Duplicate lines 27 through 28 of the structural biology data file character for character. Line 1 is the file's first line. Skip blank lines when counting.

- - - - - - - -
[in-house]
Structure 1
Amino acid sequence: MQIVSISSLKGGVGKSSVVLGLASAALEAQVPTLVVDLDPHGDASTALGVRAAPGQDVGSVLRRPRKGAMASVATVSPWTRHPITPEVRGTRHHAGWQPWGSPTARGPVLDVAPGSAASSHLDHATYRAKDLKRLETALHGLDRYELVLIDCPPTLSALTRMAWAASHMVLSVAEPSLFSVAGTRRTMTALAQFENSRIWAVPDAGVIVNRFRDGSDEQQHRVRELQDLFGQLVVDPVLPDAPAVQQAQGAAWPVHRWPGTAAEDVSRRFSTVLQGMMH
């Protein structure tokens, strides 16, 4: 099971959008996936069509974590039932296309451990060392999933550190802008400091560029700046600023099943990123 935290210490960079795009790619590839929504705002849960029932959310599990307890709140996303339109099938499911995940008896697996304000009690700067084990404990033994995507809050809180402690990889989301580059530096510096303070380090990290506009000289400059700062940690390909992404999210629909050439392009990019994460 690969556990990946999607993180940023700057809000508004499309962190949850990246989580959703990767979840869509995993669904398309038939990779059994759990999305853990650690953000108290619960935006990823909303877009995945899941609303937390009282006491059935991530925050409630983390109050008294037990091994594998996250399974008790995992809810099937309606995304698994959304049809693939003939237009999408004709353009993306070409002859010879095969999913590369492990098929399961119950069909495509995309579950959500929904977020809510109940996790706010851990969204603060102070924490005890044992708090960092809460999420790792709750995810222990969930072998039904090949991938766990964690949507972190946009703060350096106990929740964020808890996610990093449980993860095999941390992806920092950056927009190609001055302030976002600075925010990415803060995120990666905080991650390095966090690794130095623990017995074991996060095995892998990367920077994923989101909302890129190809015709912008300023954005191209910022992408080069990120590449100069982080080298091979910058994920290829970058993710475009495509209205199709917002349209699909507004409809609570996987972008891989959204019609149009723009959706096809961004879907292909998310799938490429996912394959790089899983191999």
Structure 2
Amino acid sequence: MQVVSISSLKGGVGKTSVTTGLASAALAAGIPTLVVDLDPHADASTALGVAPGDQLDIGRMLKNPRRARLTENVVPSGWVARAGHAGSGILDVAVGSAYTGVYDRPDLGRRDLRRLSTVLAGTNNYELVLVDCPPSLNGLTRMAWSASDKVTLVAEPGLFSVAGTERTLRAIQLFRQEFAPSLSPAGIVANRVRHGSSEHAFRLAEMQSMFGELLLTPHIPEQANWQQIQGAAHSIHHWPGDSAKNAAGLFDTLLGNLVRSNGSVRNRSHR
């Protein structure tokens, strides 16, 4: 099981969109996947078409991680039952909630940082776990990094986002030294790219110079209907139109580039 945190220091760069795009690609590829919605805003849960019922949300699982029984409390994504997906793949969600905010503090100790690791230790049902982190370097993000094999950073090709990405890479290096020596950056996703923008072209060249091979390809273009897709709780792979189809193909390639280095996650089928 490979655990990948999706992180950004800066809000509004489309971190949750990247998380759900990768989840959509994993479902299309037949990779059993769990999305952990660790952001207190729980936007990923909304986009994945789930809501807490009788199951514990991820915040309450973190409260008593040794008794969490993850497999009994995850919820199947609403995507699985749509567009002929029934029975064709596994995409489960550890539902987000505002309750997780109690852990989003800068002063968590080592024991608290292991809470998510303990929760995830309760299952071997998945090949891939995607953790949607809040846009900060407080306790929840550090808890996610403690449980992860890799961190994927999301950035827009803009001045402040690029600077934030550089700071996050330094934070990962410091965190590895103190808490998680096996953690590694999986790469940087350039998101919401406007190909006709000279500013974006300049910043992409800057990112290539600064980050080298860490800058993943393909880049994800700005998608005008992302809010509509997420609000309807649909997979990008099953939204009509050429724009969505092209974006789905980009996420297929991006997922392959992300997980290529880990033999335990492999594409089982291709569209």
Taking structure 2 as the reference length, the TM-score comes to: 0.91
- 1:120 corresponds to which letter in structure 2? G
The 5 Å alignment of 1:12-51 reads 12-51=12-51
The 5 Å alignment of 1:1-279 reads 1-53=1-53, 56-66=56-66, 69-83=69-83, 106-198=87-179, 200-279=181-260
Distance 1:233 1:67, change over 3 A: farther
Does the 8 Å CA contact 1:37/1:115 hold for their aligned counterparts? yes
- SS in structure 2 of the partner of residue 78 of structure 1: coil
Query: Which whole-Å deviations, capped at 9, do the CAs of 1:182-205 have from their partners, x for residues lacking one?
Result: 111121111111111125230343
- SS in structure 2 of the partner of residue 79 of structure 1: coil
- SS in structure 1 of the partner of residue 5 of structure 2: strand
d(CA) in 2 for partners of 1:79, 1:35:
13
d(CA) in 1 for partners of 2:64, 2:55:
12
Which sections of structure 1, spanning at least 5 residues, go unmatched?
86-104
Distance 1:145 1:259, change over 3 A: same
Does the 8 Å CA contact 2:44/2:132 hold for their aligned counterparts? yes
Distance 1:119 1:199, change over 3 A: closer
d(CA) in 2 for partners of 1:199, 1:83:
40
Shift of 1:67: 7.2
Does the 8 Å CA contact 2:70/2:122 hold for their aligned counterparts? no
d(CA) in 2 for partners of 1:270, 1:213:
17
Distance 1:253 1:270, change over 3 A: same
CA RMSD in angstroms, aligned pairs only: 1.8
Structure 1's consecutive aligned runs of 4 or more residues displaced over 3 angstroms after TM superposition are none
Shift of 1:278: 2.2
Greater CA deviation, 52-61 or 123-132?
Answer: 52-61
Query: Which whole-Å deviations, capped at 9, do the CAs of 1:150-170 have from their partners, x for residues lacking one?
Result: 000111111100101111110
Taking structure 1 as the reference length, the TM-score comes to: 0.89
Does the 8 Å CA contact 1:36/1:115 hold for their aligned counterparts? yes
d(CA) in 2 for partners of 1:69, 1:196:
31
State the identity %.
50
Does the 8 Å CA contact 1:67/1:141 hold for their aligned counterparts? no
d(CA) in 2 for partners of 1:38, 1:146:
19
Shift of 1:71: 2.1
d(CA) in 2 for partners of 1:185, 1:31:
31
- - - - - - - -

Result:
Distance 1:119 1:199, change over 3 A: closer
d(CA) in 2 for partners of 1:199, 1:83: